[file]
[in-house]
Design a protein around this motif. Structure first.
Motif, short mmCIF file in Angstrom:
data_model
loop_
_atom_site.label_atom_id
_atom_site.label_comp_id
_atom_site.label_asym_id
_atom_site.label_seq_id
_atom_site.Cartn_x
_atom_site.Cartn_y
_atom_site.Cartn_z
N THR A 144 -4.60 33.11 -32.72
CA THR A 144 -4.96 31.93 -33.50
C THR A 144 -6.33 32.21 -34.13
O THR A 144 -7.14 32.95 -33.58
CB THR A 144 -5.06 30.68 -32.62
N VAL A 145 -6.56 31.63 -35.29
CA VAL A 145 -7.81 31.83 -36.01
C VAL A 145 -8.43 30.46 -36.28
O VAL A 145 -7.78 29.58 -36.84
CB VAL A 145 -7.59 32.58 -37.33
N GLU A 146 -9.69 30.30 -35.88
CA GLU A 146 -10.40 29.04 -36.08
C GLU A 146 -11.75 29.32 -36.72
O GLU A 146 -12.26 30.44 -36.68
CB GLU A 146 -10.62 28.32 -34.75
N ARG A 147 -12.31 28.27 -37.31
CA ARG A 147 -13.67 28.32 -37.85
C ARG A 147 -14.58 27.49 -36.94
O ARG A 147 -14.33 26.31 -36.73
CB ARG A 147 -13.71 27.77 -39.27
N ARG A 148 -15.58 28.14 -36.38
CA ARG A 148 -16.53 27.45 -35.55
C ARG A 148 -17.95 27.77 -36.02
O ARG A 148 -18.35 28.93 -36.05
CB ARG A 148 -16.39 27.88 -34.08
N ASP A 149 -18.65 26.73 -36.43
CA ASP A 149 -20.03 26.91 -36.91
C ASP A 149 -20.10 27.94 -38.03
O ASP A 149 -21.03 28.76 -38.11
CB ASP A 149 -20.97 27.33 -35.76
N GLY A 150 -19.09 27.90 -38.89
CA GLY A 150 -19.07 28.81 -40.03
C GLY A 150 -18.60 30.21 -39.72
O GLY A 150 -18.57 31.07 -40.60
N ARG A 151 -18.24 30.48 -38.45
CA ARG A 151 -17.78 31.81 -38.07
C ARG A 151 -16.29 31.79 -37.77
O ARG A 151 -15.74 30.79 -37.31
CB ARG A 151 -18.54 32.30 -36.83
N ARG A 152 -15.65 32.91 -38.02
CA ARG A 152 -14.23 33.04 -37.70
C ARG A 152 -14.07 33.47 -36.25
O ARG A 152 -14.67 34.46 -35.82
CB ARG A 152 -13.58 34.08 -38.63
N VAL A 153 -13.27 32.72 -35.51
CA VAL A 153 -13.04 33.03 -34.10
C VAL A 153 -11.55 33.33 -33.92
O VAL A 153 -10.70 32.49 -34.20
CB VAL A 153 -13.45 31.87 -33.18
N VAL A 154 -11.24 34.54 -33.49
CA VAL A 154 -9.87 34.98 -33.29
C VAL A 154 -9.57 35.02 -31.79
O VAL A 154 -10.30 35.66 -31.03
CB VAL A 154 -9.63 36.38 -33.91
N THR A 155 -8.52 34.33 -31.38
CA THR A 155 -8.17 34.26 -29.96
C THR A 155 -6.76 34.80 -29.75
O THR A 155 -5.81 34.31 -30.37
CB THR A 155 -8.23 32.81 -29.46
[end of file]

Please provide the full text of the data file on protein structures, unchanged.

[in-house]
Design a protein around this motif. Structure first.
Motif, short mmCIF file in Angstrom:
data_model
loop_
_atom_site.label_atom_id
_atom_site.label_comp_id
_atom_site.label_asym_id
_atom_site.label_seq_id
_atom_site.Cartn_x
_atom_site.Cartn_y
_atom_site.Cartn_z
N THR A 144 -4.60 33.11 -32.72
CA THR A 144 -4.96 31.93 -33.50
C THR A 144 -6.33 32.21 -34.13
O THR A 144 -7.14 32.95 -33.58
CB THR A 144 -5.06 30.68 -32.62
N VAL A 145 -6.56 31.63 -35.29
CA VAL A 145 -7.81 31.83 -36.01
C VAL A 145 -8.43 30.46 -36.28
O VAL A 145 -7.78 29.58 -36.84
CB VAL A 145 -7.59 32.58 -37.33
N GLU A 146 -9.69 30.30 -35.88
CA GLU A 146 -10.40 29.04 -36.08
C GLU A 146 -11.75 29.32 -36.72
O GLU A 146 -12.26 30.44 -36.68
CB GLU A 146 -10.62 28.32 -34.75
N ARG A 147 -12.31 28.27 -37.31
CA ARG A 147 -13.67 28.32 -37.85
C ARG A 147 -14.58 27.49 -36.94
O ARG A 147 -14.33 26.31 -36.73
CB ARG A 147 -13.71 27.77 -39.27
N ARG A 148 -15.58 28.14 -36.38
CA ARG A 148 -16.53 27.45 -35.55
C ARG A 148 -17.95 27.77 -36.02
O ARG A 148 -18.35 28.93 -36.05
CB ARG A 148 -16.39 27.88 -34.08
N ASP A 149 -18.65 26.73 -36.43
CA ASP A 149 -20.03 26.91 -36.91
C ASP A 149 -20.10 27.94 -38.03
O ASP A 149 -21.03 28.76 -38.11
CB ASP A 149 -20.97 27.33 -35.76
N GLY A 150 -19.09 27.90 -38.89
CA GLY A 150 -19.07 28.81 -40.03
C GLY A 150 -18.60 30.21 -39.72
O GLY A 150 -18.57 31.07 -40.60
N ARG A 151 -18.24 30.48 -38.45
CA ARG A 151 -17.78 31.81 -38.07
C ARG A 151 -16.29 31.79 -37.77
O ARG A 151 -15.74 30.79 -37.31
CB ARG A 151 -18.54 32.30 -36.83
N ARG A 152 -15.65 32.91 -38.02
CA ARG A 152 -14.23 33.04 -37.70
C ARG A 152 -14.07 33.47 -36.25
O ARG A 152 -14.67 34.46 -35.82
CB ARG A 152 -13.58 34.08 -38.63
N VAL A 153 -13.27 32.72 -35.51
CA VAL A 153 -13.04 33.03 -34.10
C VAL A 153 -11.55 33.33 -33.92
O VAL A 153 -10.70 32.49 -34.20
CB VAL A 153 -13.45 31.87 -33.18
N VAL A 154 -11.24 34.54 -33.49
CA VAL A 154 -9.87 34.98 -33.29
C VAL A 154 -9.57 35.02 -31.79
O VAL A 154 -10.30 35.66 -31.03
CB VAL A 154 -9.63 36.38 -33.91
N THR A 155 -8.52 34.33 -31.38
CA THR A 155 -8.17 34.26 -29.96
C THR A 155 -6.76 34.80 -29.75
O THR A 155 -5.81 34.31 -30.37
CB THR A 155 -8.23 32.81 -29.46